I said, "Feel anger."
When I tell people to feel what's real in the moment right now, they seem to register the words. But they don't seem to register that I actually mean it. Feel your anger. Yes. Feel. Your. Anger. Instead of repressing, instead of distracting yourself, instead of grinning-and-bearing-it, FEEL it. As it is. Accept the responsibility for feeling your own feelings. You don't have to do any action or reaction, unless you choose to. But just feel it. Having the knowledge gives you the option to choose an action if that's what's best. You can always choose not to act. But if you don't know what it is you are really feeling, you have no choices.
I said, "Speak Lies."
This one is a little unusual, and not in keeping with many meditation traditions, I do admit.I said, "Scream Real Loud."
In MBSR practice, self care is primary. This week's focus was on interpersonal relationships. In interpersonal relationships, creating proper boundaries is key for stress reduction. And there are some relationships where creating healthy boundaries can seem to be nearly impossible.
If you find yourself in a situation where a person is demanding something that you cannot give them, and they will not accept a truthful/sane response from you, your options are limited. My advice is to create an answer that 1) they will accept, and 2) is as close to the truth as possible.
If you find yourself in a situation where folks ask you what you do for a living you also have options. Saying one form of truth like "I am a therapist" might open up a situation where others expect you to give them free therapeutic counseling while you are on vacation. Another form of truth might be to say "I work at a homeless shelter." While that answer is also the truth, it creates different follow-up questions and other people are more likely to let you have the relaxed vacation that you need.
I don't usually scream. It's not a part of my daily life. But it did happen this week. I became really angry about a situation in my life that I wanted to change. And I felt it. I felt that anger. Directly and strongly. Anger. Once I felt the anger, and I knew what was going on for myself I then had a couple of options. One option that is available is to feel anger and find a creative outlet, like exercise or hitting a pillow. Another option is to choose to repress/ignore/distract for a while. That one might not be the healthiest at all times, but it is sometimes the best option available. There are countless other options once one is self aware. But the one I chose to take this week was to express my anger verbally. I was pretty sure that expressing this anger could create a new situation in my life that I want to create, a situation that will bring about more happiness in the long term, even if the short term results could be uncomfortable.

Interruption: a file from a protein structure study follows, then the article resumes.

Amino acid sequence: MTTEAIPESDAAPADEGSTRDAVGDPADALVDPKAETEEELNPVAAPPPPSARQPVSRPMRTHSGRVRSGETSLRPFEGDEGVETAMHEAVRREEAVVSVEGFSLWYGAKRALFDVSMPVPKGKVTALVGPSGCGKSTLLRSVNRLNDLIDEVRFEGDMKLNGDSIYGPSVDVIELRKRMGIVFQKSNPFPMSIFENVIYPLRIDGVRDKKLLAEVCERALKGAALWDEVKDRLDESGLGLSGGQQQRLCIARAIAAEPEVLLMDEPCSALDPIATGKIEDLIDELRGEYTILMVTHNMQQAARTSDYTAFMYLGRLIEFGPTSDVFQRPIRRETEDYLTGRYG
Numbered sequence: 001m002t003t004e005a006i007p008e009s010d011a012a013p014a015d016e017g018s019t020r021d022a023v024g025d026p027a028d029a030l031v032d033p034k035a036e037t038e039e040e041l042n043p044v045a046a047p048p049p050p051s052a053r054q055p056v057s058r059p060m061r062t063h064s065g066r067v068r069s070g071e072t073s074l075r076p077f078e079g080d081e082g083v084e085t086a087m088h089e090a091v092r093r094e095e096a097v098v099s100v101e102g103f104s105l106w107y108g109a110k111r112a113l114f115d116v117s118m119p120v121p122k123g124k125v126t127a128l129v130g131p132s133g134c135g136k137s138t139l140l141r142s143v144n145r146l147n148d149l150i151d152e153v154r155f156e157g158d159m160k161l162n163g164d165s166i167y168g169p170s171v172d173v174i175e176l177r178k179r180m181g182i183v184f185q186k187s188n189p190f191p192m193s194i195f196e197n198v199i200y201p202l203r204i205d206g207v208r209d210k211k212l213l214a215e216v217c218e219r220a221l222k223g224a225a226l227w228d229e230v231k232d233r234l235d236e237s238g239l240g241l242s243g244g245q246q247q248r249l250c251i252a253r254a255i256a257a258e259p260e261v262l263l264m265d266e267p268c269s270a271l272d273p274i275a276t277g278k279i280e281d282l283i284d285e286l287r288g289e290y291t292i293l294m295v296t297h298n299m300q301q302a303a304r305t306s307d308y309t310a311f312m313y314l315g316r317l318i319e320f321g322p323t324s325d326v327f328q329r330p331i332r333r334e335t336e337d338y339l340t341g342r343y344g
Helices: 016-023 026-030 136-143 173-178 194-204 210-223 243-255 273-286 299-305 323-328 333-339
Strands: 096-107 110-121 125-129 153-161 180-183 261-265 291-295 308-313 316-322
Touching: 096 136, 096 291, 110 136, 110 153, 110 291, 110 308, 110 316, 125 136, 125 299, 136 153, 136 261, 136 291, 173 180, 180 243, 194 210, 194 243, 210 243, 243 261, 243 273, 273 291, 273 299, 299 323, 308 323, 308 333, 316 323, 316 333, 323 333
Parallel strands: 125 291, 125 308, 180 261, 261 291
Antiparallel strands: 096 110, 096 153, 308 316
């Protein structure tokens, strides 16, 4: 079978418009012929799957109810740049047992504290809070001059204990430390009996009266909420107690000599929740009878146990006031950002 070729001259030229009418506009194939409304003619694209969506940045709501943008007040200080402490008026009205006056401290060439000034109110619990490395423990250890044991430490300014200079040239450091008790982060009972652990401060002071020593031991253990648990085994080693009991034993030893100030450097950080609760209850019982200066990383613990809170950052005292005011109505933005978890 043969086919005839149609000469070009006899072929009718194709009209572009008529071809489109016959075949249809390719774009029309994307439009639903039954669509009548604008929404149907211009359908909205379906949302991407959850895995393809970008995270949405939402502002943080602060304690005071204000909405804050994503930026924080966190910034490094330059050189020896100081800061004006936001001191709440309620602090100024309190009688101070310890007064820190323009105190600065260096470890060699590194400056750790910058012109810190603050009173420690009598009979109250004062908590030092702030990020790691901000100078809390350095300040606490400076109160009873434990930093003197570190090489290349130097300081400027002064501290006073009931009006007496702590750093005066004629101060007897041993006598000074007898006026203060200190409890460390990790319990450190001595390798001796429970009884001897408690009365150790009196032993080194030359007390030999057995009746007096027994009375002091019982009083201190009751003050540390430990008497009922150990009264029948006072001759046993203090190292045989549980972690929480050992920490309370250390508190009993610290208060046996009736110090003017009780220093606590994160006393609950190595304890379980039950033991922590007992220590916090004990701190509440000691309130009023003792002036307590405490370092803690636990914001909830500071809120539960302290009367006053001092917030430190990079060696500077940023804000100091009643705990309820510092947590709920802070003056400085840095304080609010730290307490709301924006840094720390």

I didn't know of another way to communicate to the person I was angry with. I wanted to express to him the depth of anger that I was feeling. And the way that I did express this anger that needed to be expressed was to scream at the top of my lungs.
I hadn't intended to tell my meditation students about this event that happened in my personal life. But in class, one of my students asked me if I ever felt anger. My impression about the nature of her asking this question is that she had some ideal in her head about that Zen superpower thing that I mentioned already. I thought to myself, "She asked 'do I ever feel anger.' Of course I feel anger! Hmmmm. Maybe she's been listening to the words I say about feelings, but I have not yet made it clear that I am actually living this and experiencing what it is that I preach." So I told some of the details about the event, and before I knew it I was reenacting my screaming obscenities and pounding my fists on the table to the point where my students' books bounced around on the table. I have a feeling that the classrooms at the Massachusetts School of Professional Psychology haven't seen quite such a display before... But it was a beautiful teaching moment. I was able to communicate to my students that I am actually living this. And it is working for me. The mindfulness does give me the "superpower" of making choices that bring about meaningful changes towards a happier life with less stress.So, what I can now say about this week is this:
I did my best to keep it real.